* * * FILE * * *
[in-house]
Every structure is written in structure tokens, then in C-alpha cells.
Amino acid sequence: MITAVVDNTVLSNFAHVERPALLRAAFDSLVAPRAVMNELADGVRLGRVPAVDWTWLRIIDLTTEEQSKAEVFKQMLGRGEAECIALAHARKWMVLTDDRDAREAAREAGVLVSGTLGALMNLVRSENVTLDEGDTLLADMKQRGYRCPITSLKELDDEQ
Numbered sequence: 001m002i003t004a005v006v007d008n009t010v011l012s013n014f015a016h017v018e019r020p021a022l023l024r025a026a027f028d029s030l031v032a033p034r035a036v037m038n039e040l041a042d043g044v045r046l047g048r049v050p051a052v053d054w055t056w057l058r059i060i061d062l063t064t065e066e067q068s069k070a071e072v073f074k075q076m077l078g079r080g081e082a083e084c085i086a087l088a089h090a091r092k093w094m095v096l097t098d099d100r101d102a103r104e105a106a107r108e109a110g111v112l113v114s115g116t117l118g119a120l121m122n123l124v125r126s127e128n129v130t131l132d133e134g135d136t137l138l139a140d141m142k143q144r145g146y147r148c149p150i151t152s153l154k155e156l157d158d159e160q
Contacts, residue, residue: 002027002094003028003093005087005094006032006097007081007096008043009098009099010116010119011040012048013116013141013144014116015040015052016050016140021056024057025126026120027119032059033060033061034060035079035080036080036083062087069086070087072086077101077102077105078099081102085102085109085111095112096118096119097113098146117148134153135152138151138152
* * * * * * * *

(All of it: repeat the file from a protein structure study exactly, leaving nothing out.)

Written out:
[in-house]
Every structure is written in structure tokens, then in C-alpha cells.
Amino acid sequence: MITAVVDNTVLSNFAHVERPALLRAAFDSLVAPRAVMNELADGVRLGRVPAVDWTWLRIIDLTTEEQSKAEVFKQMLGRGEAECIALAHARKWMVLTDDRDAREAAREAGVLVSGTLGALMNLVRSENVTLDEGDTLLADMKQRGYRCPITSLKELDDEQ
Numbered sequence: 001m002i003t004a005v006v007d008n009t010v011l012s013n014f015a016h017v018e019r020p021a022l023l024r025a026a027f028d029s030l031v032a033p034r035a036v037m038n039e040l041a042d043g044v045r046l047g048r049v050p051a052v053d054w055t056w057l058r059i060i061d062l063t064t065e066e067q068s069k070a071e072v073f074k075q076m077l078g079r080g081e082a083e084c085i086a087l088a089h090a091r092k093w094m095v096l097t098d099d100r101d102a103r104e105a106a107r108e109a110g111v112l113v114s115g116t117l118g119a120l121m122n123l124v125r126s127e128n129v130t131l132d133e134g135d136t137l138l139a140d141m142k143q144r145g146y147r148c149p150i151t152s153l154k155e156l157d158d159e160q
Contacts, residue, residue: 002027002094003028003093005087005094006032006097007081007096008043009098009099010116010119011040012048013116013141013144014116015040015052016050016140021056024057025126026120027119032059033060033061034060035079035080036080036083062087069086070087072086077101077102077105078099081102085102085109085111095112096118096119097113098146117148134153135152138151138152